i. The legislature should eliminate the "no more stringent than" shackle that ties Kentucky to the bottom rung of the ladder of environmental and public protection. Our public policy should not be doing the bare minimum, but doing what is right for the public and our environment.
Measures to Accept Responsibility and to Compensate Those Injured
a. Martin County Coal Corporation should accept legal responsibility for its actions and establish a prompt and fair process for compensating individuals, businesses and communities injured by its actions.
While company officials have expressed regret for the disaster and sympathy for the victims, the legal posture of the corporation is that the disaster and the violations of law that the state claims to have occurred, are not its? fault.
In language eerily reminiscent of the "Act of God" defense provided of company officials after the Pittston?s Buffalo Mining Company impoundment collapsed in 1969, the Petition for Review filed on November 9, 2000 on behalf of Martin County Coal Corporation claims that the alleged violations of the Martin County Coal Corporation "are the result of acts and/or forces outside the control, influence or supervision of Martin County [Coal Corporation]."
The company has filed administrative challenges disputing that the slurry impoundment release caused any violations of state mining or water quality laws.
This coal slurry impoundment was, to the best of our knowledge, designed, constructed, maintained, repaired in 1994, and used thereafter, by individuals who were squarely within the control of the Martin County Coal Corporation. Neither God nor any others except those associated with the corporation were responsible for the decision to shift from dry coal processing to the use of a slurry impoundment in the 1980s, or the decision to continue to use and add slurry and water to an impoundment which had already failed by a breakthrough into adjacent underground workings. These acts were the acts of man, and the consequences that followed were foreseeable and avoidable.
We believe that Martin County Coal Corporation and its? parent corporation A. T. Massey, should accept legal responsibility for the consequences of its decisions to use wet coal processing and to continue to use the impoundment after 1994 by:
1. Amending their legal pleadings to accept responsibility for their actions;
2. Establishing a fair, expeditious and impartial process for handling all claims for restitution for damage caused by the impoundment release, including:
- independent and fair valuation of all claims;
- payment for all personal and real property damage caused by the impoundment failure and by any corrective measures;
- payment at replacement cost for all structures and
- payment for any costs directly or indirectly associated
with the impoundment failure by individuals, water
and other utilities, communities, and businesses, including lost wages, out-of-pocket expenses, and lost income;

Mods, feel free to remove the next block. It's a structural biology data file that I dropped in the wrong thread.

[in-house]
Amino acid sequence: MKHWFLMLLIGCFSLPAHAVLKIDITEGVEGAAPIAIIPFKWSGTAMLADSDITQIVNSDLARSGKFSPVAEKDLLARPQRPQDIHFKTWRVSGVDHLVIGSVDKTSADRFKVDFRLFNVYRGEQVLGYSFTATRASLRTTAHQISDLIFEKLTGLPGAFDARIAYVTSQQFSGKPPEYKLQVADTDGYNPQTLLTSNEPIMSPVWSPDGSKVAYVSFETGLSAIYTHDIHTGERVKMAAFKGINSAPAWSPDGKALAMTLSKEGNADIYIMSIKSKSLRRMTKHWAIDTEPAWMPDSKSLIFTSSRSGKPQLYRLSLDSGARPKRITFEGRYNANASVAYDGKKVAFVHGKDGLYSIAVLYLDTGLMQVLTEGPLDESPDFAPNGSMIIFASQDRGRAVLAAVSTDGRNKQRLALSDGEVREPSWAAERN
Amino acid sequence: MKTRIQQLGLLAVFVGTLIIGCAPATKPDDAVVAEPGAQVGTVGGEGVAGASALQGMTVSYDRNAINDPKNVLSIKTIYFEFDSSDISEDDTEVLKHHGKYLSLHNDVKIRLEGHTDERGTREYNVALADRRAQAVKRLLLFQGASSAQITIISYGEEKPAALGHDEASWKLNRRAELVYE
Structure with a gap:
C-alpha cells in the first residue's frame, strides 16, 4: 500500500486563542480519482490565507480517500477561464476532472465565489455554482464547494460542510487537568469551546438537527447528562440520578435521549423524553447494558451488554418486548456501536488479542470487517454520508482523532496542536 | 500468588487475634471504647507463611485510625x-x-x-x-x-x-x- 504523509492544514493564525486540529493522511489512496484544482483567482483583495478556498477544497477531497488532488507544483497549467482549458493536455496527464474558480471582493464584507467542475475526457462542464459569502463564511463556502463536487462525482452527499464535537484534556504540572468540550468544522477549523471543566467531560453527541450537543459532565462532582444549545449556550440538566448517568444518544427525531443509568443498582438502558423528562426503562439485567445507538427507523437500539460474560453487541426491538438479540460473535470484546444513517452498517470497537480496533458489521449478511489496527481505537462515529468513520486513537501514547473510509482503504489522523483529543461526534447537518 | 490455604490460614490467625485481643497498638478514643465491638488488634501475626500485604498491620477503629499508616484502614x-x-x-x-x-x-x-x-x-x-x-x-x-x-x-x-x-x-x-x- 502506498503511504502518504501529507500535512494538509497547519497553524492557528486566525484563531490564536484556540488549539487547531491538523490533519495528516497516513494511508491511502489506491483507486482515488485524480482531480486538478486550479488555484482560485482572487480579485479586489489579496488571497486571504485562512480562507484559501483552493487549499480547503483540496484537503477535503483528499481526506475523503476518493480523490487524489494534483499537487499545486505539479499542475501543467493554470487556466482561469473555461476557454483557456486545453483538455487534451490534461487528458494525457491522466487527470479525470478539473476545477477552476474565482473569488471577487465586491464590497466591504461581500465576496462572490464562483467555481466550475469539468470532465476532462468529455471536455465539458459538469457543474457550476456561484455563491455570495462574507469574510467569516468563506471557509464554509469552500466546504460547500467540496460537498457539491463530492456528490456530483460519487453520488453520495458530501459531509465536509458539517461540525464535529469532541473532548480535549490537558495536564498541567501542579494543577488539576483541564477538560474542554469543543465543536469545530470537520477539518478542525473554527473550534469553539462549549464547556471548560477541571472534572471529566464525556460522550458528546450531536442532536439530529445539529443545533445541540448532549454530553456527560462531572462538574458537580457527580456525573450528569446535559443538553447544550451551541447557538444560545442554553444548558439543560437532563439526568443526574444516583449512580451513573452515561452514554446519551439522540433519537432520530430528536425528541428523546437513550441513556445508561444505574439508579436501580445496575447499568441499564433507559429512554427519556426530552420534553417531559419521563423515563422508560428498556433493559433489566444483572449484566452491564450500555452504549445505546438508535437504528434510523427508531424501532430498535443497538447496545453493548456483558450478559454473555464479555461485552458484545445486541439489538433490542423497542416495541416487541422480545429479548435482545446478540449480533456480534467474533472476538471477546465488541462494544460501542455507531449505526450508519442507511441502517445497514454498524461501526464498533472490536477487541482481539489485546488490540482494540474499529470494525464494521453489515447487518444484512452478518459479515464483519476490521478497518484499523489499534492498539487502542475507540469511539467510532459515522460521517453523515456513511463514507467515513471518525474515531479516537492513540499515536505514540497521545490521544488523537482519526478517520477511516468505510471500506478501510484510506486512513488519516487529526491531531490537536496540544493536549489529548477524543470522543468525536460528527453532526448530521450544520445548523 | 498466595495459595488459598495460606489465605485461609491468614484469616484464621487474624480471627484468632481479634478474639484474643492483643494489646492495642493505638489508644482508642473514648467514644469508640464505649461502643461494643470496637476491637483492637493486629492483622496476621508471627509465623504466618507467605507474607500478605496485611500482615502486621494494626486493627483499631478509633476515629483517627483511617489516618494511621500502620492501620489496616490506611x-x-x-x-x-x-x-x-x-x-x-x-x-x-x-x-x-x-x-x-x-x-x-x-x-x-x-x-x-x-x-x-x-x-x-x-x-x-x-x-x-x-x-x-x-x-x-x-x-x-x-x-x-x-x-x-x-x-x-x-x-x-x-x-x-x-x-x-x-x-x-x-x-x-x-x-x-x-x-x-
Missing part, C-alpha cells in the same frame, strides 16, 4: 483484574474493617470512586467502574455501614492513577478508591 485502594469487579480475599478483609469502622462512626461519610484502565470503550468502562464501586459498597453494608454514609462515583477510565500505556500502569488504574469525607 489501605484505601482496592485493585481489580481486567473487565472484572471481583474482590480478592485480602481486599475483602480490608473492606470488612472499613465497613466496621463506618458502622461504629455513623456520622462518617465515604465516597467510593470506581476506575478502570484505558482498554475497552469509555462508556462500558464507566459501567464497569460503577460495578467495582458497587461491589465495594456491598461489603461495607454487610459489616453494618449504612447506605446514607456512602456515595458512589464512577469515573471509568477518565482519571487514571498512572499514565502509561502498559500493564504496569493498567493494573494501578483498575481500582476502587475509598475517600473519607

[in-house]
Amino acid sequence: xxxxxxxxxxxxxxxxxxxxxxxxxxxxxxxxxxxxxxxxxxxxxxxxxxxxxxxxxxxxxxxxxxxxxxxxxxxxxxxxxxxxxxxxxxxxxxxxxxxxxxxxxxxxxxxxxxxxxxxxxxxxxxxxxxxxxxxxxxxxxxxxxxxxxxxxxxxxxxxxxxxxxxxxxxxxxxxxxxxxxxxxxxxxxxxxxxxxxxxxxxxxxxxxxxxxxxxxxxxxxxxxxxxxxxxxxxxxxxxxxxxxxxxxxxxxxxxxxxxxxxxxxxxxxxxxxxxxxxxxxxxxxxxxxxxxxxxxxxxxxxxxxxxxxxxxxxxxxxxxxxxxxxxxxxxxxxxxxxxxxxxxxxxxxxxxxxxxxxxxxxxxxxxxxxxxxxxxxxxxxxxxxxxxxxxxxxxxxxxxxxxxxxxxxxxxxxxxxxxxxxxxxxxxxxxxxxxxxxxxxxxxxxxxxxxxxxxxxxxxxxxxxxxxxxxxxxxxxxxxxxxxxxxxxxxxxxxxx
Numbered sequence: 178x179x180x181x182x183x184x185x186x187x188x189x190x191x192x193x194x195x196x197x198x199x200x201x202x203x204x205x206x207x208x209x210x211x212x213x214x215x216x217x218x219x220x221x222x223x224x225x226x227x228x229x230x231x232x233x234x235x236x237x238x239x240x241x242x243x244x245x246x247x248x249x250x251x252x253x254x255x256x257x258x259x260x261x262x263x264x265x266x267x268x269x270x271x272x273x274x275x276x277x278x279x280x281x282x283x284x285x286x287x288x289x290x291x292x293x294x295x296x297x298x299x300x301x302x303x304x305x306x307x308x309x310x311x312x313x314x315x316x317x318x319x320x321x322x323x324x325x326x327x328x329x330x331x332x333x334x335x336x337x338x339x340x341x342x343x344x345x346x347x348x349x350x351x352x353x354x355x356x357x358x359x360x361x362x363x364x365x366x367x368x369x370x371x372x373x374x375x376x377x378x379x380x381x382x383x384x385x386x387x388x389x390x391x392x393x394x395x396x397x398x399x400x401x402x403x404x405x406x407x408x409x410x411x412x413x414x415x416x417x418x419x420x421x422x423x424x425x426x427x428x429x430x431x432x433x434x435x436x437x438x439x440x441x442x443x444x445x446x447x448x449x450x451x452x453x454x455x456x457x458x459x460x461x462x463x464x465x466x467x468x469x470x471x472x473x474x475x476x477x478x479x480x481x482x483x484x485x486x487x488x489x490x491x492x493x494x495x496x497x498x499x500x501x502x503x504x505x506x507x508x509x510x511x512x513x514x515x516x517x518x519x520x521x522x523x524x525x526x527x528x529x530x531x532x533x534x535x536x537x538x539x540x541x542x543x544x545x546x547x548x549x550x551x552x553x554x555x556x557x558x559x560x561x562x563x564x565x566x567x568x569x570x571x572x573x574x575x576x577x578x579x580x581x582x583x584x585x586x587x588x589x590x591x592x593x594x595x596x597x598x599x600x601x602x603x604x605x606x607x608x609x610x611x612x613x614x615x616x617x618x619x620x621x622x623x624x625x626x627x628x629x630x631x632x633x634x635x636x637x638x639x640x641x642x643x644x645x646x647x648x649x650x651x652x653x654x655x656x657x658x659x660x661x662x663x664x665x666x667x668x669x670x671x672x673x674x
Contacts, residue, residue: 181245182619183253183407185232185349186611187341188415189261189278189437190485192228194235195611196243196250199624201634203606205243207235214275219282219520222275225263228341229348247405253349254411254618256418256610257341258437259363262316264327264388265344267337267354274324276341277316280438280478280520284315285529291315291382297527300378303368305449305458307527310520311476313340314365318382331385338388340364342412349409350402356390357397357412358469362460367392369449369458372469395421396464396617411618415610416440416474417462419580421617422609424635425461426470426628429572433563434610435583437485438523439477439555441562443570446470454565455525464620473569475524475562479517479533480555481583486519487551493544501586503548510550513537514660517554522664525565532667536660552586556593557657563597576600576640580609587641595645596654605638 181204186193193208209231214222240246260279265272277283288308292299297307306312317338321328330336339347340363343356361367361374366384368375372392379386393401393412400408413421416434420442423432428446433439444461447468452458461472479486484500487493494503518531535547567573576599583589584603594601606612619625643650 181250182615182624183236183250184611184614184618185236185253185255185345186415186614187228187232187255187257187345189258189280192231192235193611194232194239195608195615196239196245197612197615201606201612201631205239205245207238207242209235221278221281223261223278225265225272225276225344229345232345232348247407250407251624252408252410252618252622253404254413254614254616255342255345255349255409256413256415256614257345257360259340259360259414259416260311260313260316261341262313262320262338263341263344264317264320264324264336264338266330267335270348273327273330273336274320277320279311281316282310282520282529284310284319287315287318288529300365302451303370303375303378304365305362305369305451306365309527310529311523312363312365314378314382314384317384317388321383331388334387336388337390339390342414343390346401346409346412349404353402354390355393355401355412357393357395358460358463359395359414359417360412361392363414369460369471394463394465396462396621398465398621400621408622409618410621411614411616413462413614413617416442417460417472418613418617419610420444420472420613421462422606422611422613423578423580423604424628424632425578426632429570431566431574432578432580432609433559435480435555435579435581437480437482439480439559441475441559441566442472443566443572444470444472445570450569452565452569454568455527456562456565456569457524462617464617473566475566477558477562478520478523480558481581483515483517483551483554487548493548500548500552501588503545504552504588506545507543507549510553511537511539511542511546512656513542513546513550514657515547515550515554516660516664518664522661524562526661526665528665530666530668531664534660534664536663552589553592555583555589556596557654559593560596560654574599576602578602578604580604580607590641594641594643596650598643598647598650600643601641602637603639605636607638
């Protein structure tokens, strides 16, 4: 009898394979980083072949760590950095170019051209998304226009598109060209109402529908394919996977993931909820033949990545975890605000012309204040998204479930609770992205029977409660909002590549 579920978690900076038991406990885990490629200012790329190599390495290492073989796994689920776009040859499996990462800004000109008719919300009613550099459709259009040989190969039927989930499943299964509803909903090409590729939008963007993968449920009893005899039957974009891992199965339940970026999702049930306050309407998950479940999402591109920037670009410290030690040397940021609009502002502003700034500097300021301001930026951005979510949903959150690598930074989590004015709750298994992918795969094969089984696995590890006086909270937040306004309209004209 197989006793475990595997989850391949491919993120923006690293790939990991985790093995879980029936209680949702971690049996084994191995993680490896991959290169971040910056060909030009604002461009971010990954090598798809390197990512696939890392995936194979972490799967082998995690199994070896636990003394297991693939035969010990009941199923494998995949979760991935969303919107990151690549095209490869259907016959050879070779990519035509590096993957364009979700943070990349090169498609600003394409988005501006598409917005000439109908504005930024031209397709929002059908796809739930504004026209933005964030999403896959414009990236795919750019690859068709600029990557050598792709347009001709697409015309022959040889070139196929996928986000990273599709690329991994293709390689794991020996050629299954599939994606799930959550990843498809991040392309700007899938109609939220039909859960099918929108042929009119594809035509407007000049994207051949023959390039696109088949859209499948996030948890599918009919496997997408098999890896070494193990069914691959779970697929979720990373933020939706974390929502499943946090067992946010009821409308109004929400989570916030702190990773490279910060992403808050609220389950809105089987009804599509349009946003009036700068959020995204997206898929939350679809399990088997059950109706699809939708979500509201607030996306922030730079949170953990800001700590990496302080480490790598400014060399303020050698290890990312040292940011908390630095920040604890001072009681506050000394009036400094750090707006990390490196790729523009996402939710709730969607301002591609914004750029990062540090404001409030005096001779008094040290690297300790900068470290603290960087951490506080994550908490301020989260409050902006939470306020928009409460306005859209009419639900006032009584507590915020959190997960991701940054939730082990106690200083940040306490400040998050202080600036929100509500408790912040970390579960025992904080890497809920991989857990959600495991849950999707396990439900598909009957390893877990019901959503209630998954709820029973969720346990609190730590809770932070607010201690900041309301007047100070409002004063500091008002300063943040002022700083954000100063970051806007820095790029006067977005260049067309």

- payment of all medical costs, including follow-up
medical costs associated with the physical and psychological effects of the impoundment failure,
the concern with future failures associated with the
remaining material, and the disruption of lives caused
by the intrusion of the catastrophe and the remedial
- payment of all transaction costs, including attorney
and expert fees, incurred by claimants.
3. Setting the standard for responsible conduct by adopting dry coal processing technology for all of the operations owned, under contract or under the control of Fluor, A.T. Massey and Martin County Coal Corporation, and for all operations from which these corporations purchase coal, and by dewatering, capping and closing any coal slurry impoundments.
Measures That We Must Take
As voters, as citizens, as consumers, we have an obligation to demand never again and to take actions to this end. Silence in the face of the ongoing failure to require the coal industry to accept responsibility for its actions and to choose the high rather than the low road in how it affects our environment and coalfield communities, is complicity with those decisions.
As consumers, we should demand that the electric utilities who consume almost all of the output of the coal industry, require their suppliers to use the safest approaches and the best technology for handling coal wastes, rather than the cheapest. The costs of doing less must not be paid by those who live downhill and downstream from coal mines and processing plants.
As citizens we must demand that our elected and appointed officials maintain vigilant oversight of the coal industry before tragedy occurs, not as a temporary sop after tragedy strikes.
As voters we must demand that our elected legislative and executive branch officials place a higher premium on public and miner protection than on industry profits and convenience. With all due respect, we don?t need further study of alternatives, we need a clear commitment to a public policy that elevates public safety and environmental quality over the cheapest processing technology or mining method.
Thank you for your attendance today, and for the continued interest of the media in the aftermath of this avoidable tragedy.